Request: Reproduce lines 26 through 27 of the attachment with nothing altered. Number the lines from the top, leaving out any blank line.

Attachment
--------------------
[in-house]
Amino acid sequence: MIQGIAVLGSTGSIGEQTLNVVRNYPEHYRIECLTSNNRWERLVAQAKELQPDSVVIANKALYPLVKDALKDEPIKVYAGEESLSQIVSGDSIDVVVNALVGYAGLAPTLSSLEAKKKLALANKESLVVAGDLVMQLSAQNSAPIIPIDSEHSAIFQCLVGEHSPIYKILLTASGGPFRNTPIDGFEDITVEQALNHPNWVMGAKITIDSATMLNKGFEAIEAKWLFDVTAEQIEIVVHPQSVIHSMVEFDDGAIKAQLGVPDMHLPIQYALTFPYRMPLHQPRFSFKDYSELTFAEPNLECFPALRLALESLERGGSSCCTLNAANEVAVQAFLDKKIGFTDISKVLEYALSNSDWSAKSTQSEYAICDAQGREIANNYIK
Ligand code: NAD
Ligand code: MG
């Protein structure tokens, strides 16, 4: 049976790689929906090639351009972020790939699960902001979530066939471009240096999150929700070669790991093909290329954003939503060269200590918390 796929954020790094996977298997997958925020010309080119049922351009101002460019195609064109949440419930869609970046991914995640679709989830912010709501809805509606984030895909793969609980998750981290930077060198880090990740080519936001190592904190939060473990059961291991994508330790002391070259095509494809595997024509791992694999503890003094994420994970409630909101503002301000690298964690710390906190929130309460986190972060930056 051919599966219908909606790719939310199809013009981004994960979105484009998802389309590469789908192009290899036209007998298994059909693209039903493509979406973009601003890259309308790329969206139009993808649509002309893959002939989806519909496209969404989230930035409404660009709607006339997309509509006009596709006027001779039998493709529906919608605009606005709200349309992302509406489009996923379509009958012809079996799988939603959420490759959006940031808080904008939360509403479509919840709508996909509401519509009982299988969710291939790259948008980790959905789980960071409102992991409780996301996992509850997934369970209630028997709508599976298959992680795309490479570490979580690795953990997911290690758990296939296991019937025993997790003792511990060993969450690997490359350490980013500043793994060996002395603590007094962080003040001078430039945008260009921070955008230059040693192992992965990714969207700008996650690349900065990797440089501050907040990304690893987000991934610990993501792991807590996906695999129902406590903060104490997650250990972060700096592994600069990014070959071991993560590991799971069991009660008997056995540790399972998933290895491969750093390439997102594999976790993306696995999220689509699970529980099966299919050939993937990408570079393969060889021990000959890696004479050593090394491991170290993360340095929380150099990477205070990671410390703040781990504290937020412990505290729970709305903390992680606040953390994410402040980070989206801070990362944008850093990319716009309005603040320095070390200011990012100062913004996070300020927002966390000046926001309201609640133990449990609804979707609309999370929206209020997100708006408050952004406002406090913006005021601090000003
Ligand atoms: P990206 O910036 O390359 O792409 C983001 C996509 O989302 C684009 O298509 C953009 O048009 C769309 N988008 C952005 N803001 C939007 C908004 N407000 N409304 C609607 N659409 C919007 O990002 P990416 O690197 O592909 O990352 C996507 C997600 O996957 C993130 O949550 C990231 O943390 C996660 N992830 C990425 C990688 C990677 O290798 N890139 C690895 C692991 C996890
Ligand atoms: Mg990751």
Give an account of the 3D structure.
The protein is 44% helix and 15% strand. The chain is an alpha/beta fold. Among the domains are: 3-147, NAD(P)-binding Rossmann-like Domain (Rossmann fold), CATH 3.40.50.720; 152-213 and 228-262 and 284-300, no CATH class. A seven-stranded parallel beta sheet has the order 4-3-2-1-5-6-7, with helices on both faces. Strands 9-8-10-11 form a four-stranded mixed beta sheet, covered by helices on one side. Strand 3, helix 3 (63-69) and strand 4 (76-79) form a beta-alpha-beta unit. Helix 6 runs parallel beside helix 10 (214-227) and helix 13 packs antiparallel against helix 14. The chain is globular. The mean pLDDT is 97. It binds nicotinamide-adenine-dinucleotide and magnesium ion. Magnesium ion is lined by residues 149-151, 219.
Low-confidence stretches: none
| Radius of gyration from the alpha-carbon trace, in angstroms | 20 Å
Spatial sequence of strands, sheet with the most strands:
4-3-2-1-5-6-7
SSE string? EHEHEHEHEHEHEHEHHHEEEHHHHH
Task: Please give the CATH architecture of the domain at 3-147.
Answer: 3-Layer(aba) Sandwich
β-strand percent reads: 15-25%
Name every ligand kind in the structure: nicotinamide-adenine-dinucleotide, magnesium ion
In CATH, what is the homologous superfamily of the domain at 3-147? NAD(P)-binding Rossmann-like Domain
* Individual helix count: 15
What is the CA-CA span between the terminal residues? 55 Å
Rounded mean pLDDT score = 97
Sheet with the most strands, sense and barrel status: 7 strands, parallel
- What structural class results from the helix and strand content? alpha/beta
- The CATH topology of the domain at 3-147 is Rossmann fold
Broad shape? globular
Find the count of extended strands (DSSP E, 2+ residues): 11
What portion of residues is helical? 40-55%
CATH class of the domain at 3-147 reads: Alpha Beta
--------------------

Broad shape? globular
Find the count of extended strands (DSSP E, 2+ residues): 11